The government plans to legally protect apprenticeships, so the term cannot be abused.
Under the plans, unauthorised use of the term “apprenticeship” would be illegal, as is already the case for the use of the term, “degree”. This will give government the power to take action when the term is misused to promote low quality courses.
To legally describe training as an apprenticeship, schemes would have to provide at least a year's training and meet other requirements. These new measures will be part of the government's Enterprise Bill.
In a statement, the Department for Business Innovation and Skills said the legislation would give the government power to take action if the term is "misused to promote low-quality courses".
Skills Minister, Nick Boles said: "If university graduates have their moment in the sun, so should people who undertake apprenticeships.
"Businesses know their value, so it's high time they were recognised both by the public and in law as being equal to degrees."
The news was welcomed by people in the careers sector: Mike Thompson, Director of Early Careers at Barclays, described the move as “great news to start the week”.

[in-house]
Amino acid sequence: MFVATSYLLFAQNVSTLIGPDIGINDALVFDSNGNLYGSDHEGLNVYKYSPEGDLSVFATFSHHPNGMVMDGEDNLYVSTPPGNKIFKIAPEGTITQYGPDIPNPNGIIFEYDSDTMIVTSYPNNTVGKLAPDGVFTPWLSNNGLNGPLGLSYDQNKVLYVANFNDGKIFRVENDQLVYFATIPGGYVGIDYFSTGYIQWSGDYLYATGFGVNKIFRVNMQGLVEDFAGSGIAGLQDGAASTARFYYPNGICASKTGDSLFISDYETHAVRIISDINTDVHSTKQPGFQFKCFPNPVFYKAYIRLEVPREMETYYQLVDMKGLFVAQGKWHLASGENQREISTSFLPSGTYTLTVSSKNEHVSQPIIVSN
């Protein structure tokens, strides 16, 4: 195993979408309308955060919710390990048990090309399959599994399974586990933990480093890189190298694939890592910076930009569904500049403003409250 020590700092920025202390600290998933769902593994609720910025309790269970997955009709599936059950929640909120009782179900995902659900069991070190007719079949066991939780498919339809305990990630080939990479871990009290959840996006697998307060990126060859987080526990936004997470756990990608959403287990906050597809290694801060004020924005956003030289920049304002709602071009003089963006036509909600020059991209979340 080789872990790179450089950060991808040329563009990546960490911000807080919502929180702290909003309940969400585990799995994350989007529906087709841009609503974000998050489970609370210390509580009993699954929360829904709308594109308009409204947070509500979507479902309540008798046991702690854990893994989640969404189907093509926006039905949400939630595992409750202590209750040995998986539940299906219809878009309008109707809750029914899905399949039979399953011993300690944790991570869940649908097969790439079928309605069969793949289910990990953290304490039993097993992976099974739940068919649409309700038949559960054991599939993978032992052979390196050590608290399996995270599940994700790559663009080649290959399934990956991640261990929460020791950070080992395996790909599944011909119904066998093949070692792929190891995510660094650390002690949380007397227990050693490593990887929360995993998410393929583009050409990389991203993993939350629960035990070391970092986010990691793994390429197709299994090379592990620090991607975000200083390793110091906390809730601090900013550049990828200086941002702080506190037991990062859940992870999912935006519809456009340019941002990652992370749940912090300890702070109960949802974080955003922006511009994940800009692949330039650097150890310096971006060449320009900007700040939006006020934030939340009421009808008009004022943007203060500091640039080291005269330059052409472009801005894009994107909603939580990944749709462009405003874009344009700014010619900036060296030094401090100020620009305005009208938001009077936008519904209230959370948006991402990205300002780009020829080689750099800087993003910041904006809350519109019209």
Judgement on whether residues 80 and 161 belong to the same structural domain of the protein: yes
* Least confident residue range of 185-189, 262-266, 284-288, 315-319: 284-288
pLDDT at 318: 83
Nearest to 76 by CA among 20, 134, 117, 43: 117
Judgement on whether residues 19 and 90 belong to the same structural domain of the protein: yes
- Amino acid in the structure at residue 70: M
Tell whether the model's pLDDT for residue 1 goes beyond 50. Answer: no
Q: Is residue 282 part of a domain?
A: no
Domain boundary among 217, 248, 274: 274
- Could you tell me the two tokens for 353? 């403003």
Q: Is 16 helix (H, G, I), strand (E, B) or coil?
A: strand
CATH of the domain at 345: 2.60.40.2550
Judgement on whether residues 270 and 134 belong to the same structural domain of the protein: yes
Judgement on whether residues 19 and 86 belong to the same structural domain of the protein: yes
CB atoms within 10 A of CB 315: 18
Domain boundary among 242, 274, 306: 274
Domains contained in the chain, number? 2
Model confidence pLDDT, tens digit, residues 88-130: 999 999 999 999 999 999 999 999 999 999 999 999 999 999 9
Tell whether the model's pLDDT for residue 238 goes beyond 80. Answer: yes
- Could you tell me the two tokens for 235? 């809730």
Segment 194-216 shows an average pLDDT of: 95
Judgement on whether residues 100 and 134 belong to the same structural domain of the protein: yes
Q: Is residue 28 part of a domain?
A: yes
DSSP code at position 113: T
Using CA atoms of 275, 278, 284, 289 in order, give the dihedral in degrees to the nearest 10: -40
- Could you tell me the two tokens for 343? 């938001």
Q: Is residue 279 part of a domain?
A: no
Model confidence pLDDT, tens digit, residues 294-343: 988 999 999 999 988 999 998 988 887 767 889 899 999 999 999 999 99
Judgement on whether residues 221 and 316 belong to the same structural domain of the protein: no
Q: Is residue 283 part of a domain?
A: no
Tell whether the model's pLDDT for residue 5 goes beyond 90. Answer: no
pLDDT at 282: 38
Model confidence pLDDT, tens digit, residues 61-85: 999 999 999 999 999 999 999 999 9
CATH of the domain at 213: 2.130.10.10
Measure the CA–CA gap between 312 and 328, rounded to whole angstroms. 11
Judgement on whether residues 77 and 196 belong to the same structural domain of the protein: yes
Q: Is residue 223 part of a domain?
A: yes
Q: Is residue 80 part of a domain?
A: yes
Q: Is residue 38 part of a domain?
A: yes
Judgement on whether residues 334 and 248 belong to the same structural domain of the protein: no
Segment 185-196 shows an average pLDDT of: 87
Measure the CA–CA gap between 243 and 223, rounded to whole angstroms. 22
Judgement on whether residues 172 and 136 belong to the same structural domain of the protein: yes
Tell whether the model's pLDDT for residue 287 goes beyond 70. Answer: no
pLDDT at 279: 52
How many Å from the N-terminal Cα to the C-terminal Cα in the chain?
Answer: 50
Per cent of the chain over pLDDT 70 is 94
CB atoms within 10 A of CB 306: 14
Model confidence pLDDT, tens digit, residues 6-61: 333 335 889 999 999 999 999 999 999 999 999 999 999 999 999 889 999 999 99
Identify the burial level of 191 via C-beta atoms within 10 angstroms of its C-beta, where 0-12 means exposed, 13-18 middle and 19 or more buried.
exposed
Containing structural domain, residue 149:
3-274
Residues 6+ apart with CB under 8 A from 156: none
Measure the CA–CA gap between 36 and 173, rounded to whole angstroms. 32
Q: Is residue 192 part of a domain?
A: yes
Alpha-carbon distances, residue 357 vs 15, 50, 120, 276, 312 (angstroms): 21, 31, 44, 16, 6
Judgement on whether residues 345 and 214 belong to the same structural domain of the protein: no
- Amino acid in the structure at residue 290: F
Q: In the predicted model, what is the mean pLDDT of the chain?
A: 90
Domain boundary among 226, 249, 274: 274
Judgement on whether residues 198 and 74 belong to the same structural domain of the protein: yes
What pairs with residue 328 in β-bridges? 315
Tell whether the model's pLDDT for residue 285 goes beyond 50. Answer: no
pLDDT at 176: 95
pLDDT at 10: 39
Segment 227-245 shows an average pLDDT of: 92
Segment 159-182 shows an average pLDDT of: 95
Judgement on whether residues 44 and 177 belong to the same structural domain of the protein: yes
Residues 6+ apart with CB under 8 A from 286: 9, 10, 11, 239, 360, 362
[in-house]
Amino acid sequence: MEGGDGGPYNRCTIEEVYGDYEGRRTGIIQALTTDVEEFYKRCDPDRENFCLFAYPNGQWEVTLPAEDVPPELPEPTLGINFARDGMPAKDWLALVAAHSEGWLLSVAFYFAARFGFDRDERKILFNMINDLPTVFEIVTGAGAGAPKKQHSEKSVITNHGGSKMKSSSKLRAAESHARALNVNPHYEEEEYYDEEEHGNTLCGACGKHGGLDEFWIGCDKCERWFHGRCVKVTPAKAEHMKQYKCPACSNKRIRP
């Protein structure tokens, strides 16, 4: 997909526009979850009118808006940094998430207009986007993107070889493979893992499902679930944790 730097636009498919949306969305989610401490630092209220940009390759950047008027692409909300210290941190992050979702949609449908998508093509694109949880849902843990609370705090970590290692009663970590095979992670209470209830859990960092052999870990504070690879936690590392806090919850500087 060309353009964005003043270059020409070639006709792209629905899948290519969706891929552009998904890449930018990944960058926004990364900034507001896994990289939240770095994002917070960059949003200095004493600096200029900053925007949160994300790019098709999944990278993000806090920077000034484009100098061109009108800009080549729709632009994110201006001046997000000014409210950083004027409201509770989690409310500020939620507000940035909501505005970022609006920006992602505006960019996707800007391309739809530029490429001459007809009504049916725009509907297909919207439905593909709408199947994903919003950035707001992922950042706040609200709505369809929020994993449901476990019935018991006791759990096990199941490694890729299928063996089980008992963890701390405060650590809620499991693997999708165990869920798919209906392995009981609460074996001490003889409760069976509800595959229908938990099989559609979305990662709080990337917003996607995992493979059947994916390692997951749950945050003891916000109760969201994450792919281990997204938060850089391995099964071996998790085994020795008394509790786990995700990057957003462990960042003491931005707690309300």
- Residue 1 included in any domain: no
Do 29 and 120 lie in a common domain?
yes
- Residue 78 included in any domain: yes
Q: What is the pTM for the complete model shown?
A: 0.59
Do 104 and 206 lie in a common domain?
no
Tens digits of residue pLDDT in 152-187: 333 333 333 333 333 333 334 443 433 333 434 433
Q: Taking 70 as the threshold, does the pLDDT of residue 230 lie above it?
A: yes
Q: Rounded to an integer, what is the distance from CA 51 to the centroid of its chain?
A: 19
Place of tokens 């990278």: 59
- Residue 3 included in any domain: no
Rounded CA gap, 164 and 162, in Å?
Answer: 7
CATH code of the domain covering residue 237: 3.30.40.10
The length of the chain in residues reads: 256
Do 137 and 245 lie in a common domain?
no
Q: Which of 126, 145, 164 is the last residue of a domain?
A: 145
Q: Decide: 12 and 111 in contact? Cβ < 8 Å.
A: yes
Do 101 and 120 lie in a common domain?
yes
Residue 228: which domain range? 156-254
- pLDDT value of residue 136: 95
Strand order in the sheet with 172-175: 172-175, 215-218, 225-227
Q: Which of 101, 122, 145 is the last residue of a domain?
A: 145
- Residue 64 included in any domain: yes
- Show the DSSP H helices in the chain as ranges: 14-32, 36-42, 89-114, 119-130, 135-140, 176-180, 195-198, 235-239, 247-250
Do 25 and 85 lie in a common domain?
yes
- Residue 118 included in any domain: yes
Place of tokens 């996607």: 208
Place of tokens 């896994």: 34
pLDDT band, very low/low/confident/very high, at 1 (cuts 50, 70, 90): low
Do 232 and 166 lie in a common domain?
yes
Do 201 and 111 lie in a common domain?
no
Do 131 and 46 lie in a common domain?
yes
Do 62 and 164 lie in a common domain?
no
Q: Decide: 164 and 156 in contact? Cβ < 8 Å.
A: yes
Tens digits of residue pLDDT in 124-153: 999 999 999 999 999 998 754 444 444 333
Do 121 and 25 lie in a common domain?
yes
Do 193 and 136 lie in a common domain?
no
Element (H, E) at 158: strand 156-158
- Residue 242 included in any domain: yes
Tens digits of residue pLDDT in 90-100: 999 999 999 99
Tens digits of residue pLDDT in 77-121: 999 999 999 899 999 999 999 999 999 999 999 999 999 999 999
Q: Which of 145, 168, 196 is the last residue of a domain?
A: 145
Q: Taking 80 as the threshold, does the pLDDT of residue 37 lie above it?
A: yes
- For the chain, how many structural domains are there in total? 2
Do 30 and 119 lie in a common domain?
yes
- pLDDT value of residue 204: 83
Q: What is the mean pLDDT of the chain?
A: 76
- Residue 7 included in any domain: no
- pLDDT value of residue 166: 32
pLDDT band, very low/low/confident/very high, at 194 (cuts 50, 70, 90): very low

He said: “This could be the first step in finally giving proper recognition to apprenticeships in the UK. Currently, over a third (35%) of young people under 25 believe apprenticeships are only an option if you don’t get into university. But, having seen first-hand the benefits to young people and businesses alike, more needs to be done to ease this stigma and increase take up.
“One important step in doing this will be to ensure uniform quality of apprenticeships, alongside scale of their availability. It will also help to ease the currently fragmented system and allow employers to more easily understand the qualifications of applicants.”
To ensure that more young people can benefit, the government has also announced that public bodies – schools, hospitals, prisons and police forces - will now be set targets to take on more apprentices.